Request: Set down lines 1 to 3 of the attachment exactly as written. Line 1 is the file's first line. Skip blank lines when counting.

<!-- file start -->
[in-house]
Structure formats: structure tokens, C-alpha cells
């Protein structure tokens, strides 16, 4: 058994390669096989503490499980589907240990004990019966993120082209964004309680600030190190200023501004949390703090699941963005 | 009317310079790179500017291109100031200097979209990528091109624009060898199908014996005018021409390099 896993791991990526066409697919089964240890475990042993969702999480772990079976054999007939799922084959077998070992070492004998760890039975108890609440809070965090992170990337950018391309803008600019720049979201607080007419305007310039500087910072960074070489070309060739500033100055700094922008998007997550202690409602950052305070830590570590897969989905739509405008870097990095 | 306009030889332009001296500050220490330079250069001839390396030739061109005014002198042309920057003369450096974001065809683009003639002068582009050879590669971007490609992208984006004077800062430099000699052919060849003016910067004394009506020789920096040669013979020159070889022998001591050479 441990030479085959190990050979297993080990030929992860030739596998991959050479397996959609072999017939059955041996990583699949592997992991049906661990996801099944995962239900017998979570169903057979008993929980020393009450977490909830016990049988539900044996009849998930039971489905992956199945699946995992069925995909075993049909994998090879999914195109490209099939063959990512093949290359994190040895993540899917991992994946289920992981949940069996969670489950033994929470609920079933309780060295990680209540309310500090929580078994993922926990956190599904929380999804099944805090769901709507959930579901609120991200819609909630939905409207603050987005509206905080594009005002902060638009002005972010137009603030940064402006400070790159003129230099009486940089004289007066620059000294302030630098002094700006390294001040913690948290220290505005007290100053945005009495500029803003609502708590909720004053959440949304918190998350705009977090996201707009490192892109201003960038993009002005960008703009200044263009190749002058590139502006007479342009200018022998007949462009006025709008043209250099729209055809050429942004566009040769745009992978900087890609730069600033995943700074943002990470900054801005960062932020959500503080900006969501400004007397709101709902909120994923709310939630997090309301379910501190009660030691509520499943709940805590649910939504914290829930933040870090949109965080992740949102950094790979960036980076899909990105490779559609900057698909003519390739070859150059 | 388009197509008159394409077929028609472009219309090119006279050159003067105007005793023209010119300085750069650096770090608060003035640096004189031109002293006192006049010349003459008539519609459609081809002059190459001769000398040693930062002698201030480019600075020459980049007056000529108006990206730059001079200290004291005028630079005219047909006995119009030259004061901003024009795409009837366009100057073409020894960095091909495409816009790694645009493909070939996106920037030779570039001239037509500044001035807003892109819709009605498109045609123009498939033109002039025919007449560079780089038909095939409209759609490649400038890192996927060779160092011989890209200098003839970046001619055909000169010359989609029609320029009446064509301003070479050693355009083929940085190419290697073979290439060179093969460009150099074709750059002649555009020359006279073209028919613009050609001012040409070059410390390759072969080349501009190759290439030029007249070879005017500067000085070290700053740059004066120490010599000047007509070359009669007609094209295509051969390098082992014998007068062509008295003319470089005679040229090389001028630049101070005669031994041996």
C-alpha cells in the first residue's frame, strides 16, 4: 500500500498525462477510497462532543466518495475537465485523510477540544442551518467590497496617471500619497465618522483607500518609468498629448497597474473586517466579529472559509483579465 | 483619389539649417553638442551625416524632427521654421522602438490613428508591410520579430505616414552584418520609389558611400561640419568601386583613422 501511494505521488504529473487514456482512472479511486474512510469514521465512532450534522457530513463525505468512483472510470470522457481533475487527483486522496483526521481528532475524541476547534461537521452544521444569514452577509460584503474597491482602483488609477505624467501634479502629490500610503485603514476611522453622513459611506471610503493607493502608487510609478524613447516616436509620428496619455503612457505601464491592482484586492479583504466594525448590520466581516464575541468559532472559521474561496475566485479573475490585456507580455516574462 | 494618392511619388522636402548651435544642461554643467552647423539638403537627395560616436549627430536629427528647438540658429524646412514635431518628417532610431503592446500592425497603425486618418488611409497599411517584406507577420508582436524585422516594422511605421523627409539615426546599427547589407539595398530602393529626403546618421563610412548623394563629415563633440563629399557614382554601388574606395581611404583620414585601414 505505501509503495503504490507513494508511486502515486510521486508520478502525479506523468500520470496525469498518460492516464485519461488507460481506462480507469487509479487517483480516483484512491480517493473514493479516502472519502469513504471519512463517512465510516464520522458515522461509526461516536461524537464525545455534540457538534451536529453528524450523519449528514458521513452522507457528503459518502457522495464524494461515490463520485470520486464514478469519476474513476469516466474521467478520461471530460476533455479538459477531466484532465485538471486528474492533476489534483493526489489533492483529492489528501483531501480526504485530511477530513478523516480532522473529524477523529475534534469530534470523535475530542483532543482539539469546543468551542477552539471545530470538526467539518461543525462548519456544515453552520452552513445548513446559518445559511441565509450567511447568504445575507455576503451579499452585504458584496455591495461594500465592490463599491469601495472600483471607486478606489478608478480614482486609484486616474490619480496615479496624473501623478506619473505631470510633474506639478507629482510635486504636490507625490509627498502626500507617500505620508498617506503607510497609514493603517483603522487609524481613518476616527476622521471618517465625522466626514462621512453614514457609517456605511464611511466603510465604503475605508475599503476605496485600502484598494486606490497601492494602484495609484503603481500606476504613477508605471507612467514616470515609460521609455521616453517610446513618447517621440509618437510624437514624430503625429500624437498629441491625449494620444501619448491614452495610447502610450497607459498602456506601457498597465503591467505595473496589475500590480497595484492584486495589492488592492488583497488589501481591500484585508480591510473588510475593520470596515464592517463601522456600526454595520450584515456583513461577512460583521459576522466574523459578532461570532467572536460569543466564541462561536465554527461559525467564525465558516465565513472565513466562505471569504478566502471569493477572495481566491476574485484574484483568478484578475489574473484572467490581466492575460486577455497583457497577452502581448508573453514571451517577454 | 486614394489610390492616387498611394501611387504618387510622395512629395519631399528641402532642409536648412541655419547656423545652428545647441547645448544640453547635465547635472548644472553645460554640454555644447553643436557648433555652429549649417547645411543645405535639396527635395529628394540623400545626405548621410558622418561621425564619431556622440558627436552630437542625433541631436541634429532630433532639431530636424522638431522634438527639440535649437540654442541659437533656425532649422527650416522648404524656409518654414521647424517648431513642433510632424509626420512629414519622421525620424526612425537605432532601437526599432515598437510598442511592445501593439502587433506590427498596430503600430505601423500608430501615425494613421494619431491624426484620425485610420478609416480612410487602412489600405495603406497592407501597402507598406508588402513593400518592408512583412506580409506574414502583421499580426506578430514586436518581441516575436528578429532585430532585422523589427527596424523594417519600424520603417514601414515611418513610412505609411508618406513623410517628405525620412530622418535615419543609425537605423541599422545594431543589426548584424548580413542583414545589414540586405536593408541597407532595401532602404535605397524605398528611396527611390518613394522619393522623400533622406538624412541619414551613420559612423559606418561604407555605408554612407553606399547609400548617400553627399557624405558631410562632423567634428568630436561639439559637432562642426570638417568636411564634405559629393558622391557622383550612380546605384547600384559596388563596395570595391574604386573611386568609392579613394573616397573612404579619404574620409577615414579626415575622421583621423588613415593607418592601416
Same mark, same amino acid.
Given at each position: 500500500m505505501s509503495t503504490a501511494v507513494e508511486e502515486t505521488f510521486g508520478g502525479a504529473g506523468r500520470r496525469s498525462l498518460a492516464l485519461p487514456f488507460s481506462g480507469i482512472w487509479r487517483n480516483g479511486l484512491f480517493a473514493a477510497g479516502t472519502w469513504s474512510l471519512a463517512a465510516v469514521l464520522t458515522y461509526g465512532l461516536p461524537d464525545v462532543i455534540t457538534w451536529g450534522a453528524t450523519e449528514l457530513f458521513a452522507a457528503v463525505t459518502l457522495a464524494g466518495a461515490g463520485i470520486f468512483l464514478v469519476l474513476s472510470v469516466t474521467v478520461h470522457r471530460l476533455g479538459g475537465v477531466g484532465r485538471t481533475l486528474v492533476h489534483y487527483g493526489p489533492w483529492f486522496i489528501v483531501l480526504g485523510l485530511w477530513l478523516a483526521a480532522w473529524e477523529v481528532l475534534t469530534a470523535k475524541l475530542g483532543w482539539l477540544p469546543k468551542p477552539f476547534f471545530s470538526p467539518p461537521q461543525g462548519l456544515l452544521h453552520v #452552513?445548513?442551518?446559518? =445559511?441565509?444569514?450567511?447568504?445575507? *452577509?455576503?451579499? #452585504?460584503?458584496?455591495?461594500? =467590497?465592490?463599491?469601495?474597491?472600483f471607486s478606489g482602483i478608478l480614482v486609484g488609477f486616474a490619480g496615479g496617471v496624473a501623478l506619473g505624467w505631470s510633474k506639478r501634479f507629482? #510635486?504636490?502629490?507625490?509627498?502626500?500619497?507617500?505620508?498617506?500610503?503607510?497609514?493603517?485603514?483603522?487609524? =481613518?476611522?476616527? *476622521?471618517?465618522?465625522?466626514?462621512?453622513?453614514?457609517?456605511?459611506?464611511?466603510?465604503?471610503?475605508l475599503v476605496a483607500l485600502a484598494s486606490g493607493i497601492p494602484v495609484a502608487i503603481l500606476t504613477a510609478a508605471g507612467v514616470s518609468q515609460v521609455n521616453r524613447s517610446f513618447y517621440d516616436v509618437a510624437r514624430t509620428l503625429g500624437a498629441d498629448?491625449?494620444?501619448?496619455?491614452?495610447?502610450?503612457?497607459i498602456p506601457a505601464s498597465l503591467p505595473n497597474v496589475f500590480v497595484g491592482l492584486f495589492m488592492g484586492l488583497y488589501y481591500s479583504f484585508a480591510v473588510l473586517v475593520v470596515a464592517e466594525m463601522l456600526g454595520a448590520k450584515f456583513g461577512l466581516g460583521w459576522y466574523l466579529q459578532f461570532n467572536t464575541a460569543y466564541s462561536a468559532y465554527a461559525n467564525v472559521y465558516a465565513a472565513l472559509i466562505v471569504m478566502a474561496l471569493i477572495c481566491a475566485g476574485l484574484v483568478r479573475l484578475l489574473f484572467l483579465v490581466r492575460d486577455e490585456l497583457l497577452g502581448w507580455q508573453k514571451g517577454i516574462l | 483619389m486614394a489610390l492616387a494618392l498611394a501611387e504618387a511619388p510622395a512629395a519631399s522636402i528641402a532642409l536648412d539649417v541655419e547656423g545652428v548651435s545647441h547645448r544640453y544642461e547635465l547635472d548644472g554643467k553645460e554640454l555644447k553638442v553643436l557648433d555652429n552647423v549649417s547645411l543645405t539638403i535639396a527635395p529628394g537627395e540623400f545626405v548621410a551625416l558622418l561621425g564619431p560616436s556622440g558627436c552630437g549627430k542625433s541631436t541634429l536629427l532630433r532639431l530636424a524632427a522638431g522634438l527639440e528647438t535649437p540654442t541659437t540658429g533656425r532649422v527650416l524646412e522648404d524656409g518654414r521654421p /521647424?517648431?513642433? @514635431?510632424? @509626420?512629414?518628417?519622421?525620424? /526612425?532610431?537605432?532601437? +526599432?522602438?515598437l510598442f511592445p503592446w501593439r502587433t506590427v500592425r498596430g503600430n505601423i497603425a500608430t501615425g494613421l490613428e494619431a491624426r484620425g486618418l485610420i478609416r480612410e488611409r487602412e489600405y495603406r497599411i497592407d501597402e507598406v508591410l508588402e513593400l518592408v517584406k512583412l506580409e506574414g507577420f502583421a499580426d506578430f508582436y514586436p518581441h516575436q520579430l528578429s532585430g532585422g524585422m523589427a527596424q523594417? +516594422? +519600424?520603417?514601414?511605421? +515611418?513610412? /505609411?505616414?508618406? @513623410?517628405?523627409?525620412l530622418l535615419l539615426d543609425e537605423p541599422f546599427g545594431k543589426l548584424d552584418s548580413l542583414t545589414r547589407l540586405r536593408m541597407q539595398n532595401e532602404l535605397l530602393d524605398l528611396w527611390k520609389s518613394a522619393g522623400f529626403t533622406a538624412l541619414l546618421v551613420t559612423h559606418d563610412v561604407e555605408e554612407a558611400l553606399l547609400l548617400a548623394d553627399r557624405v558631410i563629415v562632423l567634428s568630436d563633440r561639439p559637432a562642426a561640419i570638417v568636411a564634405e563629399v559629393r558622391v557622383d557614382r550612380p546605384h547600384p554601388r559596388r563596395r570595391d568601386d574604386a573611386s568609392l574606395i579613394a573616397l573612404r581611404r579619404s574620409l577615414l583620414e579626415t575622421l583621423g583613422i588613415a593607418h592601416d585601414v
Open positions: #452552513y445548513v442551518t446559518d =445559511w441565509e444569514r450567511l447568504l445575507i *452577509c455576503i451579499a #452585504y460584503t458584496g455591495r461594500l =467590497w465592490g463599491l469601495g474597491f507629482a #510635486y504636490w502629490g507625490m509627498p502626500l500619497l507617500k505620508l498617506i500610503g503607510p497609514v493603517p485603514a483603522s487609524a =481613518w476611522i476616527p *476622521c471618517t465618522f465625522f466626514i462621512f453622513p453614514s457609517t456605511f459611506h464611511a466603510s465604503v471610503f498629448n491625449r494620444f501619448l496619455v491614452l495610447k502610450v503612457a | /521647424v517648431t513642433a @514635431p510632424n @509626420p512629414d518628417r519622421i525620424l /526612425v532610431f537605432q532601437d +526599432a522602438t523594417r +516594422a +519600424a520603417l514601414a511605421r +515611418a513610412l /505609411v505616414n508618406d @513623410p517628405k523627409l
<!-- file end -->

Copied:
[in-house]
Structure formats: structure tokens, C-alpha cells
């Protein structure tokens, strides 16, 4: 058994390669096989503490499980589907240990004990019966993120082209964004309680600030190190200023501004949390703090699941963005 | 009317310079790179500017291109100031200097979209990528091109624009060898199908014996005018021409390099 896993791991990526066409697919089964240890475990042993969702999480772990079976054999007939799922084959077998070992070492004998760890039975108890609440809070965090992170990337950018391309803008600019720049979201607080007419305007310039500087910072960074070489070309060739500033100055700094922008998007997550202690409602950052305070830590570590897969989905739509405008870097990095 | 306009030889332009001296500050220490330079250069001839390396030739061109005014002198042309920057003369450096974001065809683009003639002068582009050879590669971007490609992208984006004077800062430099000699052919060849003016910067004394009506020789920096040669013979020159070889022998001591050479 441990030479085959190990050979297993080990030929992860030739596998991959050479397996959609072999017939059955041996990583699949592997992991049906661990996801099944995962239900017998979570169903057979008993929980020393009450977490909830016990049988539900044996009849998930039971489905992956199945699946995992069925995909075993049909994998090879999914195109490209099939063959990512093949290359994190040895993540899917991992994946289920992981949940069996969670489950033994929470609920079933309780060295990680209540309310500090929580078994993922926990956190599904929380999804099944805090769901709507959930579901609120991200819609909630939905409207603050987005509206905080594009005002902060638009002005972010137009603030940064402006400070790159003129230099009486940089004289007066620059000294302030630098002094700006390294001040913690948290220290505005007290100053945005009495500029803003609502708590909720004053959440949304918190998350705009977090996201707009490192892109201003960038993009002005960008703009200044263009190749002058590139502006007479342009200018022998007949462009006025709008043209250099729209055809050429942004566009040769745009992978900087890609730069600033995943700074943002990470900054801005960062932020959500503080900006969501400004007397709101709902909120994923709310939630997090309301379910501190009660030691509520499943709940805590649910939504914290829930933040870090949109965080992740949102950094790979960036980076899909990105490779559609900057698909003519390739070859150059 | 388009197509008159394409077929028609472009219309090119006279050159003067105007005793023209010119300085750069650096770090608060003035640096004189031109002293006192006049010349003459008539519609459609081809002059190459001769000398040693930062002698201030480019600075020459980049007056000529108006990206730059001079200290004291005028630079005219047909006995119009030259004061901003024009795409009837366009100057073409020894960095091909495409816009790694645009493909070939996106920037030779570039001239037509500044001035807003892109819709009605498109045609123009498939033109002039025919007449560079780089038909095939409209759609490649400038890192996927060779160092011989890209200098003839970046001619055909000169010359989609029609320029009446064509301003070479050693355009083929940085190419290697073979290439060179093969460009150099074709750059002649555009020359006279073209028919613009050609001012040409070059410390390759072969080349501009190759290439030029007249070879005017500067000085070290700053740059004066120490010599000047007509070359009669007609094209295509051969390098082992014998007068062509008295003319470089005679040229090389001028630049101070005669031994041996």